Aquarium Water Testing
By: Scott Davidson
I always remember this phrase from my earliest days of reef keeping. Although I can’t remember who coined the phrase, it has always stuck with me. It would always conjure the image of someone standing in front of their aquarium, with a cooking apron on. The front would be stained and have the familiar, “Kiss me, I’m the cook!” graphic on the front.
An assortment of additives skewed about, most with no caps on them, the “cook” would dip his finger into the water, taste it, pick up a bottle, and add a dash of this or a dollop of that. Then the “taste test” would start again, to confirm whether or not the right additives were being added, and in the right quantities. Although this scenario sounds ridiculous, regular weekly testing is one of the most basic ways, as a new hobbyist, to stay ahead of the many pitfalls of successfully starting a saltwater aquarium.
It makes sense, right? Even so, as an operations manager for a retail store, I never got used to being surprised at how so many people could not draw a correlation between their lack of success and the fact that they did not test regularly. At any given time, if someone asked, I could tell them where the parameters of my many tanks at home would be.
And, that commitment to testing weekly was a primary reason that I could make insightful and educated adjustments to my aquariums. I was proactive, not reactive.
Proactively testing was what allowed me, as new hobbyist, to start to make connections between my water chemistry and how the animals behaved, how they appeared, what kinds of algaes proliferated or whether corals died, barely survived, or grew and thrived. Seeing first-hand the development of my aquariums, as I made educated adjustments, is what started to impart to me the confidence to try a greater assortment of animals.
Like most beginning hobbyists, I slowly migrated from the “hardy” soft corals, to the increasingly, less accommodating hard corals. All the while testing, watching, and responding to the results of my tests that kept the chemistry in line with the “nature” of ocean water.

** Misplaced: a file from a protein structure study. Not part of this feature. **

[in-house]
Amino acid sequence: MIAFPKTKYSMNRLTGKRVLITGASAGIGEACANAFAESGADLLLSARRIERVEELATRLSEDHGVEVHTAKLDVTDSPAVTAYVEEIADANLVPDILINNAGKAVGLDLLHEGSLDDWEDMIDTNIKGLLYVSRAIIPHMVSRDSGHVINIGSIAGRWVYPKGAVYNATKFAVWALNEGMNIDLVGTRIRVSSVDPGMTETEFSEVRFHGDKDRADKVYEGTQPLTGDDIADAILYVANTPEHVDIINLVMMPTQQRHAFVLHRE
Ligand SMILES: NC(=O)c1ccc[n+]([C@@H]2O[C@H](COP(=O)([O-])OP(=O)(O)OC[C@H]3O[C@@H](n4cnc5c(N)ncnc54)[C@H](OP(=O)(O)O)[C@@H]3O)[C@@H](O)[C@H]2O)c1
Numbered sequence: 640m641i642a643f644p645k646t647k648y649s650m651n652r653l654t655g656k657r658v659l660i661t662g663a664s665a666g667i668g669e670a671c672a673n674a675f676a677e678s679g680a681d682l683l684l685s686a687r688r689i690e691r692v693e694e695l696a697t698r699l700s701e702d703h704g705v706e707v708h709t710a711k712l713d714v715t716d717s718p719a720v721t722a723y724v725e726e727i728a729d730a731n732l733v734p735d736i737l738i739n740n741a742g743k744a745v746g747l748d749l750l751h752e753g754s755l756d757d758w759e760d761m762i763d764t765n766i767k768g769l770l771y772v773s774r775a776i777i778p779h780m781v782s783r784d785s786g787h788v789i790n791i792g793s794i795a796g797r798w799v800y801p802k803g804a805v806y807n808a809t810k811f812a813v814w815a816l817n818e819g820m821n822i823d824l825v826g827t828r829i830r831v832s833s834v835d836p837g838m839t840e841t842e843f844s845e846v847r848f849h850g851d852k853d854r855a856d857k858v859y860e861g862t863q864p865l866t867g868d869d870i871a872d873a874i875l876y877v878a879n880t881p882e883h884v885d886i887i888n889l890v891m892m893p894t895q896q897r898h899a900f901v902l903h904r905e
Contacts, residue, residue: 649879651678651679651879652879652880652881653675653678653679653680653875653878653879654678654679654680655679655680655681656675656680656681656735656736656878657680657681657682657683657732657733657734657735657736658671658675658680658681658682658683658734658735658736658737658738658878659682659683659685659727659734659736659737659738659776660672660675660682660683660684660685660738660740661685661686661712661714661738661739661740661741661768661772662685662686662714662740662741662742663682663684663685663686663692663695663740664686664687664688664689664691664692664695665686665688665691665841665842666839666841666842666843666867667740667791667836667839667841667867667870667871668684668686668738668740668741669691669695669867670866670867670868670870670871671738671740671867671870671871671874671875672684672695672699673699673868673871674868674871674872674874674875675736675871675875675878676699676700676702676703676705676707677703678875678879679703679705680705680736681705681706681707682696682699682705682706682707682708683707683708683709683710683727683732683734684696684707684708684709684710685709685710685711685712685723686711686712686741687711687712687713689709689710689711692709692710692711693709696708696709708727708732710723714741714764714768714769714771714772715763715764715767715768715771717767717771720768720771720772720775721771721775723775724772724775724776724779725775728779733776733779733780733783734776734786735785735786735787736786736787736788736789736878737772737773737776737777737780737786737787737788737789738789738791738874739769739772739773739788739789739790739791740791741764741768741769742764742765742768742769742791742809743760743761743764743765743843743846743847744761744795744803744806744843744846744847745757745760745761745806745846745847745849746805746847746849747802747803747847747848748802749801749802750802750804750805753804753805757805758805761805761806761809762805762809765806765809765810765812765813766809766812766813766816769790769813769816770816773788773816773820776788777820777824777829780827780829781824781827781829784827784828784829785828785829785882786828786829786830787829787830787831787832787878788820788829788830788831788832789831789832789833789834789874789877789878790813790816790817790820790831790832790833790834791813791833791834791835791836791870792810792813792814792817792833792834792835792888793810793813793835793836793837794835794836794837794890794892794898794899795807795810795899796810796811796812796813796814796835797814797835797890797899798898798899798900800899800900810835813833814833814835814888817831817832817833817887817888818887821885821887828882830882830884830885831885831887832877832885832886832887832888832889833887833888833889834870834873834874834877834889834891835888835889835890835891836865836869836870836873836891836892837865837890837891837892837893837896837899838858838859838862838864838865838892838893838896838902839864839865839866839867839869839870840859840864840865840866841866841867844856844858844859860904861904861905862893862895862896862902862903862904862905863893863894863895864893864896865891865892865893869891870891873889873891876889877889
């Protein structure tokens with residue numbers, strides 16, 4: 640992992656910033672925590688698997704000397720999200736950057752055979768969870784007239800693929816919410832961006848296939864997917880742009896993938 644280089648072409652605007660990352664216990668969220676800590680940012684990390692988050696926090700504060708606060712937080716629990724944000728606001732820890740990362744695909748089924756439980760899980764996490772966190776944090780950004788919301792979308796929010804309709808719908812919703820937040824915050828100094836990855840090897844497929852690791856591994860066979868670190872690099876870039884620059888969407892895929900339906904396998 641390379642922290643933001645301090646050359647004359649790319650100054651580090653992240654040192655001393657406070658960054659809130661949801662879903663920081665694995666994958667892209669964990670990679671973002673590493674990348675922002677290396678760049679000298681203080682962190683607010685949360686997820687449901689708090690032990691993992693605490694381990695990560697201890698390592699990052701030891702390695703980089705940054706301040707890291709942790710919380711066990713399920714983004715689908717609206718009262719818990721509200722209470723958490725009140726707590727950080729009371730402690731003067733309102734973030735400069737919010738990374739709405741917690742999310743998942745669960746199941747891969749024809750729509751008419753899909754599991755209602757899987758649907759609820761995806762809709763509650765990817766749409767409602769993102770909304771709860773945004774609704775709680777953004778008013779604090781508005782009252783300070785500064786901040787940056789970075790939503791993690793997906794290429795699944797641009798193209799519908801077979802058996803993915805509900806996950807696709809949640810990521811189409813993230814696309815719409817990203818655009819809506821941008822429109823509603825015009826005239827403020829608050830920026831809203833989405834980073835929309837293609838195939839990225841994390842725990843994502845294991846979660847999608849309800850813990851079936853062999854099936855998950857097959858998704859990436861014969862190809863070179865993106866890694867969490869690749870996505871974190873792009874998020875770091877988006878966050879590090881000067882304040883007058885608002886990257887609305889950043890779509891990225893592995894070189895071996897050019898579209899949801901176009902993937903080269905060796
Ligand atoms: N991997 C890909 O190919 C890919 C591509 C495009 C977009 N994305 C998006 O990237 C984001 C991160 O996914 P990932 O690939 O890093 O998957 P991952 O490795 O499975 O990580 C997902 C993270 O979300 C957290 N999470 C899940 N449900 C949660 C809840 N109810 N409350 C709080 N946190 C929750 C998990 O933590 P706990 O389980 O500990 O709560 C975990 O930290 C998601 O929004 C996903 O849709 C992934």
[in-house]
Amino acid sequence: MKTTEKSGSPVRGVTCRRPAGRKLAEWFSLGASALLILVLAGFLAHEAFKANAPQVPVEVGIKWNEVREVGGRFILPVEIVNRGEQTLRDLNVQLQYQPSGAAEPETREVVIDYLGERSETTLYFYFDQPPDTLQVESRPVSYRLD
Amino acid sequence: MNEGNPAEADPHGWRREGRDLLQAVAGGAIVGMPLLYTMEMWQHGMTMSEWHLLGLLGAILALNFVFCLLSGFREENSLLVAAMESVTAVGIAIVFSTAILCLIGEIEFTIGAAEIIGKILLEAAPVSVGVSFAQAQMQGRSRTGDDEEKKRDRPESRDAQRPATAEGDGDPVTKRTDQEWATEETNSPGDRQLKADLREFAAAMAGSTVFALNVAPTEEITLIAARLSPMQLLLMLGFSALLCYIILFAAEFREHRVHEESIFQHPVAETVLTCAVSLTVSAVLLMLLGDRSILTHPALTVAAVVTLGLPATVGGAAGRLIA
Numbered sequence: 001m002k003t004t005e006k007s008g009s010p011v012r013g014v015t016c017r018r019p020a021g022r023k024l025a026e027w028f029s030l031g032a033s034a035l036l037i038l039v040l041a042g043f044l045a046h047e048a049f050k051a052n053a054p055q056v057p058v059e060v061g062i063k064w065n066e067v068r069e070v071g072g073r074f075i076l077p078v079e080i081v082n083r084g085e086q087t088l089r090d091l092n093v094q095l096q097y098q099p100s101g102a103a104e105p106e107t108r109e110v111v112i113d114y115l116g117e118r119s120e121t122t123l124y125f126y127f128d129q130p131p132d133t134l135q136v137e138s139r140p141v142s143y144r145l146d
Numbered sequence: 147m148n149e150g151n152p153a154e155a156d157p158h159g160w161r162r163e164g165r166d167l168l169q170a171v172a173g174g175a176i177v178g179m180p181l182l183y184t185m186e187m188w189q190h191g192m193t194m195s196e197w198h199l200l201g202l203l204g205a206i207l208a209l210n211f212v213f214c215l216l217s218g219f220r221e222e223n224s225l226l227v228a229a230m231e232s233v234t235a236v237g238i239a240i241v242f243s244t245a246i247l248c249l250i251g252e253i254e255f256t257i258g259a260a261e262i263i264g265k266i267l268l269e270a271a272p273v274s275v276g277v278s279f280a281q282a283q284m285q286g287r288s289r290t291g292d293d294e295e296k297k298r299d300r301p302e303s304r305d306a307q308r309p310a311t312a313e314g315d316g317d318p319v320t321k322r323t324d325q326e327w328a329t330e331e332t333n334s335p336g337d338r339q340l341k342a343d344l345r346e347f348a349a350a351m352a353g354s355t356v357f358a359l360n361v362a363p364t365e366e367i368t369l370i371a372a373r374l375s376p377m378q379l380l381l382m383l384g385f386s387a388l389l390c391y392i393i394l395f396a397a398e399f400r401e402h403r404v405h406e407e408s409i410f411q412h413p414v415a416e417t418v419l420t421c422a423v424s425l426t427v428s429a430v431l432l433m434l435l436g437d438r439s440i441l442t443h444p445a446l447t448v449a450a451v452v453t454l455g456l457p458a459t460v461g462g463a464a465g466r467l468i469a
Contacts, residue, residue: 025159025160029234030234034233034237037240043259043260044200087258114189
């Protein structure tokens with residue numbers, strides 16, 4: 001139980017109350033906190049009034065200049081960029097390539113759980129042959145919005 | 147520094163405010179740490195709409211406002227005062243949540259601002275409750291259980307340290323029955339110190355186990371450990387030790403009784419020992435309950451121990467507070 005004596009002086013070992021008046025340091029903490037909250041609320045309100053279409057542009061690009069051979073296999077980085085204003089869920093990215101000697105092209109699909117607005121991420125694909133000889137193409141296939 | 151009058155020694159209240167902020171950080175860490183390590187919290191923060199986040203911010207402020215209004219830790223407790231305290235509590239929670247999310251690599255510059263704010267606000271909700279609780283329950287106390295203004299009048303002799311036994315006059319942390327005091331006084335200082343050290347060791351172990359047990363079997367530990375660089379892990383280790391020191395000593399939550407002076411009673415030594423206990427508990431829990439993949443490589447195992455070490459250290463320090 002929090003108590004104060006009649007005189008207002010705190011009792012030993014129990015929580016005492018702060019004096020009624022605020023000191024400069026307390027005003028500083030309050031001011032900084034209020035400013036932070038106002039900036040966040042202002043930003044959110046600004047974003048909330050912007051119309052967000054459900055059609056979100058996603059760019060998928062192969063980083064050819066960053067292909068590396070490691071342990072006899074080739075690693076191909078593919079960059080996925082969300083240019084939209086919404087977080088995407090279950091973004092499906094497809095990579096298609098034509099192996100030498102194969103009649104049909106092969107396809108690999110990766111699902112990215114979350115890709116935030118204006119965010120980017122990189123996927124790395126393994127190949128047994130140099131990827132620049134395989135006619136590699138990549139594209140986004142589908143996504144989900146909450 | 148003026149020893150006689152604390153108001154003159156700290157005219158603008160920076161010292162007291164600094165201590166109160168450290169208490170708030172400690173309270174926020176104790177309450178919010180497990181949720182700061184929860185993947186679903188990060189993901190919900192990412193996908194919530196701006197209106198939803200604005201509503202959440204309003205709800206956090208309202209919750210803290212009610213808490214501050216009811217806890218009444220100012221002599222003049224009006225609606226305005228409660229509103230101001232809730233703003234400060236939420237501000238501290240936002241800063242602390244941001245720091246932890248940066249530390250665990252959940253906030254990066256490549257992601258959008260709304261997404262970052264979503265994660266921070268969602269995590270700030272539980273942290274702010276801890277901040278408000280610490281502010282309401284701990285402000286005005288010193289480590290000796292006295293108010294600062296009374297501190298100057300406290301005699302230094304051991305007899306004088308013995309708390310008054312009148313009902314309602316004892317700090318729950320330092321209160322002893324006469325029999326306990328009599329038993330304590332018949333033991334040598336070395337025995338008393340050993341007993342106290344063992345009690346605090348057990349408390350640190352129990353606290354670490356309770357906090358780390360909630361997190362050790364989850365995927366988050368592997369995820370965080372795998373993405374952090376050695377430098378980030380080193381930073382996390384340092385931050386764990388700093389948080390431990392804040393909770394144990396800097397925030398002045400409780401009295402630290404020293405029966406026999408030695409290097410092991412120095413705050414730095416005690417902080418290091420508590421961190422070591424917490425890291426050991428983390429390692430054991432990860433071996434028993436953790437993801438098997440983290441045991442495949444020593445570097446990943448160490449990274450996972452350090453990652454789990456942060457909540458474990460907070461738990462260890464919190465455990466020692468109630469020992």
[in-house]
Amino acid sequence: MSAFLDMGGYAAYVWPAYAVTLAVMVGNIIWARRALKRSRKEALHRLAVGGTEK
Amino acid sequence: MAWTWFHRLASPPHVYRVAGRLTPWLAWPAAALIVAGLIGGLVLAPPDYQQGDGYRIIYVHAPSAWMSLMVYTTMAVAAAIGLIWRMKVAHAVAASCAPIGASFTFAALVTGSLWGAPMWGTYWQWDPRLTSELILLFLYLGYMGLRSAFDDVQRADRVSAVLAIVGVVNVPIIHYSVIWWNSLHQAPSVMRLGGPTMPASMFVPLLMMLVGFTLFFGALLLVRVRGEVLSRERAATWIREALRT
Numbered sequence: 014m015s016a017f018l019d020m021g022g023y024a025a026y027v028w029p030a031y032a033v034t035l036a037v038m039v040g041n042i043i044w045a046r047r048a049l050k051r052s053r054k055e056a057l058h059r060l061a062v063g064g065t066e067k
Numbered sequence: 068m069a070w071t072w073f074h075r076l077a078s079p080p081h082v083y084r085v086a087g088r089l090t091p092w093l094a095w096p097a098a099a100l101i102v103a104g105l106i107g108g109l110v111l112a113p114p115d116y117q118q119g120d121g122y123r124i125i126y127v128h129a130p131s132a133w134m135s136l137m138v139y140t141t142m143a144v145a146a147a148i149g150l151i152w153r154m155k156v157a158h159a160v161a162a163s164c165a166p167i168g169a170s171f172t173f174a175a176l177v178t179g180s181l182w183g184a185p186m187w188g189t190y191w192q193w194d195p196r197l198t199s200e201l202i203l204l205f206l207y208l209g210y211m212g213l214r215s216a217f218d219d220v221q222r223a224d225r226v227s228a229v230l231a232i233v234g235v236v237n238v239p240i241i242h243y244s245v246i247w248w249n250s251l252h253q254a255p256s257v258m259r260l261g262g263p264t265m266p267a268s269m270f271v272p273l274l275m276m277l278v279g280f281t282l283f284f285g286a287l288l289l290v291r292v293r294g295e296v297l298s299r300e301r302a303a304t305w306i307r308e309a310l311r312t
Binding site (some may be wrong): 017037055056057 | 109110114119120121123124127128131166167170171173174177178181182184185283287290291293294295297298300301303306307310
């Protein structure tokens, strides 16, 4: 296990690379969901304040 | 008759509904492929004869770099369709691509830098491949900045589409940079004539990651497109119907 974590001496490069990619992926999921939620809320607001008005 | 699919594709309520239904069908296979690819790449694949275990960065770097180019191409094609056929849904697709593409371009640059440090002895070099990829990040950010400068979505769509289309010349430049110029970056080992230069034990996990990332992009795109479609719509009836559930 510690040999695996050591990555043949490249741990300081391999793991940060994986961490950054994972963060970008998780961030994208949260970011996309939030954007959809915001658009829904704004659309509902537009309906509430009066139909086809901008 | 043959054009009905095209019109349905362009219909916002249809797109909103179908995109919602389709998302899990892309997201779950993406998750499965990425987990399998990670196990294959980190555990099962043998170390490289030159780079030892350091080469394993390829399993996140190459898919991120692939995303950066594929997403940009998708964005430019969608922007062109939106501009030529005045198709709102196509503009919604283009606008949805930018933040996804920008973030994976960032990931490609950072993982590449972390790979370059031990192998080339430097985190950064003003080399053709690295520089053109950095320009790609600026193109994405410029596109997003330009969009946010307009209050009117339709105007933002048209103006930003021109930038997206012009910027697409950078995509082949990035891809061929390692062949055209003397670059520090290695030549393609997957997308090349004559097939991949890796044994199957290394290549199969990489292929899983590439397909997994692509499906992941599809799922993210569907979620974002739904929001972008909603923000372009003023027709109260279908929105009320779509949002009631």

I found that initially, weekly testing, was the path to follow. Unwaveringly, I tested the Salinity, Alkalinity, Calcium, Nitrates, and Phosphates. I kept a log in a spiral binder of the results, along with any adjustments that I made. It allowed me to go back and review what worked, and what didn’t. It allowed me to gain insight to the effectiveness, or lack thereof, to the almost endless options of additives available.
To draw an opinion on the degree of quality of a product, or it’s marketing. We know that those two things, often, do not go hand in hand. The best case scenario, is that product worked to accomplish what it is that I wanted. The most often result, was that it didn’t have any effect. The worst case scenario was having a product produce deleterious effects on my aquarium and animals. Without testing regularly, I would not have been able to draw these conclusions.
The brand of kits is not as important as using them is. That is a broad, but absolute statement. None of the kits that are available to hobbyists are so precise, that you could use them to publish a peer reviewed paper and be taken seriously. With that being said, the majority of them are precise enough for us, as hobbyists, to make effective and appropriate adjustments to our aquariums that contribute directly to them thriving.
While this article is not about endorsing any specific brand, I would recommend using kits that offer a resolution that has small increments of measurements. There is a big difference if a kit reads in increments of 50ppm or if it reads in 5ppm. Obviously, a smaller increment of measurement allows us to make much more precise adjustments.
And, as all good “cooks” know, precise adjustments make for a savory dish! So, make it a priority to invest the time and money into purchasing and using test kits. With those investments, you’ll be ahead of the curve to creating an aquarium like those that inspired you to begin with.
Scott Davidson is the owner for Finergy Aquariums, a full service maintenance company specializing in the creation and long term service of aquatic displays.